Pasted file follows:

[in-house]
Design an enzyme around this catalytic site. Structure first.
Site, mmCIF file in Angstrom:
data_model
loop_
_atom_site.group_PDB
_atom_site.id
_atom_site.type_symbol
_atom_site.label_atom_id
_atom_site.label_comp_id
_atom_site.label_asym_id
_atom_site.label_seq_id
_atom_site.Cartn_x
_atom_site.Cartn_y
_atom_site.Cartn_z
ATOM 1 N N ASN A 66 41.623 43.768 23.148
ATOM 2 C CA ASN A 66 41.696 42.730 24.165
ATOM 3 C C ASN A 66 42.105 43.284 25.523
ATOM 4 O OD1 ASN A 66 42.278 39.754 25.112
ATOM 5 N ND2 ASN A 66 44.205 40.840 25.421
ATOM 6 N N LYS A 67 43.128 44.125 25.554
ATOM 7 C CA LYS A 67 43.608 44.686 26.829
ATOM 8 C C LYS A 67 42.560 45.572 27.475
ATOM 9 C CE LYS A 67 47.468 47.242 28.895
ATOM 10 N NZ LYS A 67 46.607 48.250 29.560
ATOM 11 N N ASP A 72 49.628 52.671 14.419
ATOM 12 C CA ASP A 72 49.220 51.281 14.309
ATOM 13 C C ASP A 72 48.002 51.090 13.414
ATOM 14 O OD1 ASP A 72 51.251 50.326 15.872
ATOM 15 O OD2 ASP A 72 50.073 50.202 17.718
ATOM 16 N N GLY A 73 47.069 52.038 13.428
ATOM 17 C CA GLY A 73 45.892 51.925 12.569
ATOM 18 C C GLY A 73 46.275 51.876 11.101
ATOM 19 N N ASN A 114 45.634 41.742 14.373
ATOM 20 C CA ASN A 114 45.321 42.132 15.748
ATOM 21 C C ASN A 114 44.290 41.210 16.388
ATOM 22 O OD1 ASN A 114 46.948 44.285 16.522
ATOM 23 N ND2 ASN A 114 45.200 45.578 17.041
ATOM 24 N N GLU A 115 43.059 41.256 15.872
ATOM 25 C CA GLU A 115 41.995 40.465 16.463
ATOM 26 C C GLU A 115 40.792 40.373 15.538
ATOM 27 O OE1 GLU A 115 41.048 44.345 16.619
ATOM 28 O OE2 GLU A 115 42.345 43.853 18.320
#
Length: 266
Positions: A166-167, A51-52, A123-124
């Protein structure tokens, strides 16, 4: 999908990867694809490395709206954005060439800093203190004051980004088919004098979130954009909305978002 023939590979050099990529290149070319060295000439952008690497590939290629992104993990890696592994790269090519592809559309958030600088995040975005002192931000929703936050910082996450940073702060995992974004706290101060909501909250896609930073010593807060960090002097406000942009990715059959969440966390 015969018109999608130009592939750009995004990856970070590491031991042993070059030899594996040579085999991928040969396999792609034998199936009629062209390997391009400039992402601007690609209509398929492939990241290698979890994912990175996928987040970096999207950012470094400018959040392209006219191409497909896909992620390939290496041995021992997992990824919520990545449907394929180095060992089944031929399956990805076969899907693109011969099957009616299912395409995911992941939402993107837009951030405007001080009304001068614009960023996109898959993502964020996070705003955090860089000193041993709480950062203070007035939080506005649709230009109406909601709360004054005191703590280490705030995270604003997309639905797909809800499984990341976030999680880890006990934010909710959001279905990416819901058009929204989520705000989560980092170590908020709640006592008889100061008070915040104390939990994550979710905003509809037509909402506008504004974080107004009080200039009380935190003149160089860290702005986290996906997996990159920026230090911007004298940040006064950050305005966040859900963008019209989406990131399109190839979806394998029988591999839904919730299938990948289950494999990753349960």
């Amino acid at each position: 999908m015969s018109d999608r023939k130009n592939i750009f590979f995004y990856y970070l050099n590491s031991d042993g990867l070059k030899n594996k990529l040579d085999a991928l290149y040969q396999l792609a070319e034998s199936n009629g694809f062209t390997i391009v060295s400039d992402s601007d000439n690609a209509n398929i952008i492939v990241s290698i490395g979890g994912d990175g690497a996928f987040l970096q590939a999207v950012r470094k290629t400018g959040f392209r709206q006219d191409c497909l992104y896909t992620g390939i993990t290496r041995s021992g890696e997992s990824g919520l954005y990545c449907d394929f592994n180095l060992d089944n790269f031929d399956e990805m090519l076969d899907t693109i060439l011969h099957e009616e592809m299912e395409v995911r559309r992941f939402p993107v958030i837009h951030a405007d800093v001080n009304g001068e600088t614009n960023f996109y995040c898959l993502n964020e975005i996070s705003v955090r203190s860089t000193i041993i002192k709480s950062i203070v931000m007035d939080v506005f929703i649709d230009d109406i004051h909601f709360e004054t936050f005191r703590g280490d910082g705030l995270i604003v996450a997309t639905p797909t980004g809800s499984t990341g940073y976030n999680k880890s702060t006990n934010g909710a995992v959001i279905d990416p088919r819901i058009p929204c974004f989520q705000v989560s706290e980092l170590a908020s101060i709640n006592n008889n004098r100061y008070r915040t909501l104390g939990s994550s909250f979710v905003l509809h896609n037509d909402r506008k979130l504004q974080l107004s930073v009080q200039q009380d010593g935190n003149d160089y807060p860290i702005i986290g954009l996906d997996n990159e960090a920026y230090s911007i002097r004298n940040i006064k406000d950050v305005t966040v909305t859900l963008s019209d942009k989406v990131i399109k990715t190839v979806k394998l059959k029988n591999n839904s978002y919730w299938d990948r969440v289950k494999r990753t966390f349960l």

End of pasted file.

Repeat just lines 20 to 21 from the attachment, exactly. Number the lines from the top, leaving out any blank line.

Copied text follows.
ATOM 5 N ND2 ASN A 66 44.205 40.840 25.421
ATOM 6 N N LYS A 67 43.128 44.125 25.554